Bookmark of 'The origin of bursts and heavy tails in human dynamics'

The origin of bursts and heavy tails in human dynamics The dynamics of many social, technological and economic phenomena are driven by individual human actions, turning the quantitative understanding of human behavior into a central question of modern science. Current models of human dynamics, used from risk assessment to communications, assume that human actions are randomly distributed in time and thus well approximated by Poisson processes. In contrast, there is increasing evidence that the timing of many human activities, ranging from communication to entertainment and work patterns, follow non-Poisson statistics, characterized by bursts of rapidly occurring events separated by long periods of inactivity. Here we show that the bursty nature of human behavior is a consequence of a decision based queuing process: when individuals execute tasks based on some perceived priority, the timing of the tasks will be heavy tailed, most tasks being rapidly executed, while a few experience very long waiting times. In contrast, priority blind execution is well approximated by uniform interevent statistics. These findings have important implications from resource management to service allocation in both communications and retail.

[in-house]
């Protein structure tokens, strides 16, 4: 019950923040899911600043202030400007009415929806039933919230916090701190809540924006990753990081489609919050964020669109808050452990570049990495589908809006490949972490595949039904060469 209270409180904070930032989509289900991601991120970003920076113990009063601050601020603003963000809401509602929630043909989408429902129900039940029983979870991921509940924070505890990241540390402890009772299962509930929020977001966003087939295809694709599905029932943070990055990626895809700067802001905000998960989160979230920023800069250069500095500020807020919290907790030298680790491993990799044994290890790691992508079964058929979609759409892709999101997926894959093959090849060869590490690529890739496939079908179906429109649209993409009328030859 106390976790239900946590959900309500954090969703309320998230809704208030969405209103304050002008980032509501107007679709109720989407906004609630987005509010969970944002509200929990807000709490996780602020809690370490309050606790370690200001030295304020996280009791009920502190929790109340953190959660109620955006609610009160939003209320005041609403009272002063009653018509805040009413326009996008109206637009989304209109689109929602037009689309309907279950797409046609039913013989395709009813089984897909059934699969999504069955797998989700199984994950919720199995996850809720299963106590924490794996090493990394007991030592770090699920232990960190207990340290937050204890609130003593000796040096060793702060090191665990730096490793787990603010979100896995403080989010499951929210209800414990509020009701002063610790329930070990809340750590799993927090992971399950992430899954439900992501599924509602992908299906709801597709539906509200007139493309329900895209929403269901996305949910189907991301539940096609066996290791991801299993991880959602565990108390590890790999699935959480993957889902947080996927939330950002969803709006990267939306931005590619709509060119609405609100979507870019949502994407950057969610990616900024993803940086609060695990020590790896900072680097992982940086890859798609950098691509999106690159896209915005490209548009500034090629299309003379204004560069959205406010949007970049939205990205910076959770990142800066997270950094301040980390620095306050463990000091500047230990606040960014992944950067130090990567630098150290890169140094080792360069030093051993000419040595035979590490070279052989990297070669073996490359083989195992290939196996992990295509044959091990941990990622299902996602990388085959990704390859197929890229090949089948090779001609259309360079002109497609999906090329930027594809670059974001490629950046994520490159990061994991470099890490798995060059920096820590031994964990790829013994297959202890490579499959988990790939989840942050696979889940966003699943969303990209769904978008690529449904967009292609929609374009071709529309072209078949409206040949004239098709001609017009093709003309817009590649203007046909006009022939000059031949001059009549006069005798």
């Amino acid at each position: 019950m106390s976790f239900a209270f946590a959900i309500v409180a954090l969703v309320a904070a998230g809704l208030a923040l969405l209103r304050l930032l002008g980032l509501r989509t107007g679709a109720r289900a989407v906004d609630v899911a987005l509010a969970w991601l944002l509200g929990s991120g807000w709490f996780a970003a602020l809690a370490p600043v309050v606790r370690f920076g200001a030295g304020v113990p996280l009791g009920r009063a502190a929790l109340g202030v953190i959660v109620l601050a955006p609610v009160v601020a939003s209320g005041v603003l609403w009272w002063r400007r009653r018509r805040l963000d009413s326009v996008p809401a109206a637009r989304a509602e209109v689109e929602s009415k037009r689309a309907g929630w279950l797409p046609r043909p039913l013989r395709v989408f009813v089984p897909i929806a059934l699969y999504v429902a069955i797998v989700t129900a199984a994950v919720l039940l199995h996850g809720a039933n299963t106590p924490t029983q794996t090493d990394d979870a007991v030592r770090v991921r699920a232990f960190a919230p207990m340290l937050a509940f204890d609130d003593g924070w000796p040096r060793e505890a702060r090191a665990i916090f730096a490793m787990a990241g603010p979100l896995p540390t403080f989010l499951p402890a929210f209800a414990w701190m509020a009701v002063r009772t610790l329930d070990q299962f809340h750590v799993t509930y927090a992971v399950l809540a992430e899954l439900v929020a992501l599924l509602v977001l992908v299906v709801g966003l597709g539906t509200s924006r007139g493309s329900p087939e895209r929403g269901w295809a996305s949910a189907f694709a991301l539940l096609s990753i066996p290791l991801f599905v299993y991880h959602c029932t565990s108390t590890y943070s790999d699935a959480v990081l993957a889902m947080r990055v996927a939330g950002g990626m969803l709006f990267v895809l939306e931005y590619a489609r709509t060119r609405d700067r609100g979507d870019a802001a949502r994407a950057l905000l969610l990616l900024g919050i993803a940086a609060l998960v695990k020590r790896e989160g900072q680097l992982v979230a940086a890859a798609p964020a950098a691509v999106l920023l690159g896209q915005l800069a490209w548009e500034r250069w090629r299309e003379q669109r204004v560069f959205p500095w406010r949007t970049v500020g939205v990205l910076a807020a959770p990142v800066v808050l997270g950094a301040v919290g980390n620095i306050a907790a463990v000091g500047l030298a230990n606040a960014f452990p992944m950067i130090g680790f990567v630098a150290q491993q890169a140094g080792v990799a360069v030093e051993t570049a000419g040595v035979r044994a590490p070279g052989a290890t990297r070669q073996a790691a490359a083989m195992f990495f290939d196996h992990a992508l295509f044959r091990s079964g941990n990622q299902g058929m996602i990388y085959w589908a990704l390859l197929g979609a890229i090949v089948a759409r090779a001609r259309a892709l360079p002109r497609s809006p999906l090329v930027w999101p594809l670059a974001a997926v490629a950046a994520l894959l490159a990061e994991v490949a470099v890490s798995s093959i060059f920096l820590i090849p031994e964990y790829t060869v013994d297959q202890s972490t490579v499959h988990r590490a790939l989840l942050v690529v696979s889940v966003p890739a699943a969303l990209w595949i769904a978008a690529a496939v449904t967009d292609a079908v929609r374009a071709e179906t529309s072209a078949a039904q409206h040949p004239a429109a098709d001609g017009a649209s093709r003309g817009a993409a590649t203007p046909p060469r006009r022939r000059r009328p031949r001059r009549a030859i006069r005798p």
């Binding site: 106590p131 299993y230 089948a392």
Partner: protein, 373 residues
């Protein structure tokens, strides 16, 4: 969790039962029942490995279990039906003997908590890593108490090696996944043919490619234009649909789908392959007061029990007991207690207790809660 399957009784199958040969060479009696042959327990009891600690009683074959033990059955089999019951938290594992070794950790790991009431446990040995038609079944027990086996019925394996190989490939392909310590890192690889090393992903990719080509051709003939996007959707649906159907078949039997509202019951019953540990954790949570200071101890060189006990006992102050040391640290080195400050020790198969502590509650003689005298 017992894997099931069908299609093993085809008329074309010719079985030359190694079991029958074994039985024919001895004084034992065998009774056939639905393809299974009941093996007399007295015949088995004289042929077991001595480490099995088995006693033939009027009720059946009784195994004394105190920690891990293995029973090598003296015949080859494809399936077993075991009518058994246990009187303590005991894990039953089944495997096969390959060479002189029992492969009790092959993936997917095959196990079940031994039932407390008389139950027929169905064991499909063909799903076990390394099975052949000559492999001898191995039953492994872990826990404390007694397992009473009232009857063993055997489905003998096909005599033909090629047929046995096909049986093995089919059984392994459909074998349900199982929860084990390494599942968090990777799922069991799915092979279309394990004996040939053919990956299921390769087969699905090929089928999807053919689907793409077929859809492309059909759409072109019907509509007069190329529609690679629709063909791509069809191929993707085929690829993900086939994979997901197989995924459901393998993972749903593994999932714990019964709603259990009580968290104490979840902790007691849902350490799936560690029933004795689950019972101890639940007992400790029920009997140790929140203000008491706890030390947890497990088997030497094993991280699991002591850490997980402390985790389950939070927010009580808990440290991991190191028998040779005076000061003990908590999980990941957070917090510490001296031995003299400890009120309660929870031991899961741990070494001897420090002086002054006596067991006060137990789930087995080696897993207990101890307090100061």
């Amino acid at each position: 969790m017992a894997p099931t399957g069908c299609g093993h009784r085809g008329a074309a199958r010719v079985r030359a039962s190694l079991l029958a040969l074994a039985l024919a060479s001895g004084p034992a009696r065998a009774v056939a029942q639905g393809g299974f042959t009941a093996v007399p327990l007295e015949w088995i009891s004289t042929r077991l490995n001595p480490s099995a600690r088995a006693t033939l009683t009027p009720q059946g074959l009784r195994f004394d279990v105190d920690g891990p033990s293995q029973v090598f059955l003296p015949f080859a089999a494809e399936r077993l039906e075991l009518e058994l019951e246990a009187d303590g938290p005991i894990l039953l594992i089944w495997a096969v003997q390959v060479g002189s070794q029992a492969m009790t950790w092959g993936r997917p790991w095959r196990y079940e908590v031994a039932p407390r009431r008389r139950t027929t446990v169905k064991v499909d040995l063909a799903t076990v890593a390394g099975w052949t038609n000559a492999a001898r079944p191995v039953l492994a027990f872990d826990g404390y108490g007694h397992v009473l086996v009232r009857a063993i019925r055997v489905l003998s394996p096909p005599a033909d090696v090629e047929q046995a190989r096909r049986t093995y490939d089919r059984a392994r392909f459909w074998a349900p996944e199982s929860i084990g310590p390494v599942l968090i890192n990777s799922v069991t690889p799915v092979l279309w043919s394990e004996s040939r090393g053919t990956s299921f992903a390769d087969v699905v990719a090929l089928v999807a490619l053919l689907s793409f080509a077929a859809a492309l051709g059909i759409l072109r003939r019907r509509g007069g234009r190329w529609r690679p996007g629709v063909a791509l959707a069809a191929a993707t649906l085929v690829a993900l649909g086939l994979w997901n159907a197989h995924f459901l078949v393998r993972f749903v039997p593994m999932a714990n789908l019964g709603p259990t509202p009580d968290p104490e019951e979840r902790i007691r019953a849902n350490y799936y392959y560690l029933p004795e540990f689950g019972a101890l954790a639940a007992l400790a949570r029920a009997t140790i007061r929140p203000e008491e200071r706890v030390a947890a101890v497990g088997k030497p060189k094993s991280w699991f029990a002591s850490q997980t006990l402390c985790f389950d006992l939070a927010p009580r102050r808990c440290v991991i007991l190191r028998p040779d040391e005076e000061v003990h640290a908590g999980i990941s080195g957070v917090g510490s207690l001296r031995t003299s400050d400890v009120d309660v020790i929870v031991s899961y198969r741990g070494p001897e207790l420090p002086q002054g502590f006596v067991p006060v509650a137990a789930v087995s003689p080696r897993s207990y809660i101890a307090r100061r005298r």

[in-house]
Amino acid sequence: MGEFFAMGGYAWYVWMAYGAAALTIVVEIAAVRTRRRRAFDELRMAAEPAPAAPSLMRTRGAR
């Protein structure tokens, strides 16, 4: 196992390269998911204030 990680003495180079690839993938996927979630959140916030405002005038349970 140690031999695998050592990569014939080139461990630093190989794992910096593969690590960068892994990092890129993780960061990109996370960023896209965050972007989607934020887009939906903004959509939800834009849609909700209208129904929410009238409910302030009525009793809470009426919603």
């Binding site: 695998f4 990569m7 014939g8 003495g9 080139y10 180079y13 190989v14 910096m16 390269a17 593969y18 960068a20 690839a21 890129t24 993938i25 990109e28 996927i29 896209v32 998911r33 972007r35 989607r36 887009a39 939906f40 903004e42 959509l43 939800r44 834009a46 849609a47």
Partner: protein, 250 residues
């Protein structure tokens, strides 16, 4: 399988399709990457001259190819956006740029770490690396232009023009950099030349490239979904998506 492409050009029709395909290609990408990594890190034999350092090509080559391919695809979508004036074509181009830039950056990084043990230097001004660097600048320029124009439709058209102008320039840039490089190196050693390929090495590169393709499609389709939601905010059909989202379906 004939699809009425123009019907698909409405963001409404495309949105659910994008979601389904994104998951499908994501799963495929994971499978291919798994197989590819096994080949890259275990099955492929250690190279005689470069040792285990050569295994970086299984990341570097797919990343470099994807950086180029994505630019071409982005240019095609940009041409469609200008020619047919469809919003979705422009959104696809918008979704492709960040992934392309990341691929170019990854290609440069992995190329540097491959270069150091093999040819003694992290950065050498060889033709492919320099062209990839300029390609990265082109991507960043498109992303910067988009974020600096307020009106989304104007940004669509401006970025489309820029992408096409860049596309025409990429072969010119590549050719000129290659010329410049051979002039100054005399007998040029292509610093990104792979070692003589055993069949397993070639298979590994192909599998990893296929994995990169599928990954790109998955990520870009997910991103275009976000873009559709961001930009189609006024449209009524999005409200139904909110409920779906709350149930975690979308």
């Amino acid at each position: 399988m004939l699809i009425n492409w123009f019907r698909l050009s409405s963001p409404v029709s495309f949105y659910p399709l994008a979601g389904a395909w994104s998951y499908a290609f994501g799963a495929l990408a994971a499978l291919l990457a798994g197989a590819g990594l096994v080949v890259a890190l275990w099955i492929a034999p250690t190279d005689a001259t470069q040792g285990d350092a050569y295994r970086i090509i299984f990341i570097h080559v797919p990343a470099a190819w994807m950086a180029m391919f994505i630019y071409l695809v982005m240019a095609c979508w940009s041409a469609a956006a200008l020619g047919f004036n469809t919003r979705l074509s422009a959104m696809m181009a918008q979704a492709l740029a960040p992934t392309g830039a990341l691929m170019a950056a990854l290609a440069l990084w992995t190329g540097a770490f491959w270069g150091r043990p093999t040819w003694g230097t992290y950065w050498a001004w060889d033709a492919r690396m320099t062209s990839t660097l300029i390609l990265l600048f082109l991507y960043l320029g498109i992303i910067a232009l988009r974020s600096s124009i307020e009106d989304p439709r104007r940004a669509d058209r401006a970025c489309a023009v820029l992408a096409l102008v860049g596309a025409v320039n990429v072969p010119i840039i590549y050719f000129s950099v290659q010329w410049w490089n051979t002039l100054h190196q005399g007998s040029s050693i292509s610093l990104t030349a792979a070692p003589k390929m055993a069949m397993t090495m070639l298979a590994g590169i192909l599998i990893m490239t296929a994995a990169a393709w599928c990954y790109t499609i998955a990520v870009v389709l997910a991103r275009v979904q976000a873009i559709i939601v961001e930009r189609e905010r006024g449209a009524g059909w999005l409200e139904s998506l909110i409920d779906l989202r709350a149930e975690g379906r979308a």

Proactive application of technology to business

My interests include technology, personal knowledge management, social change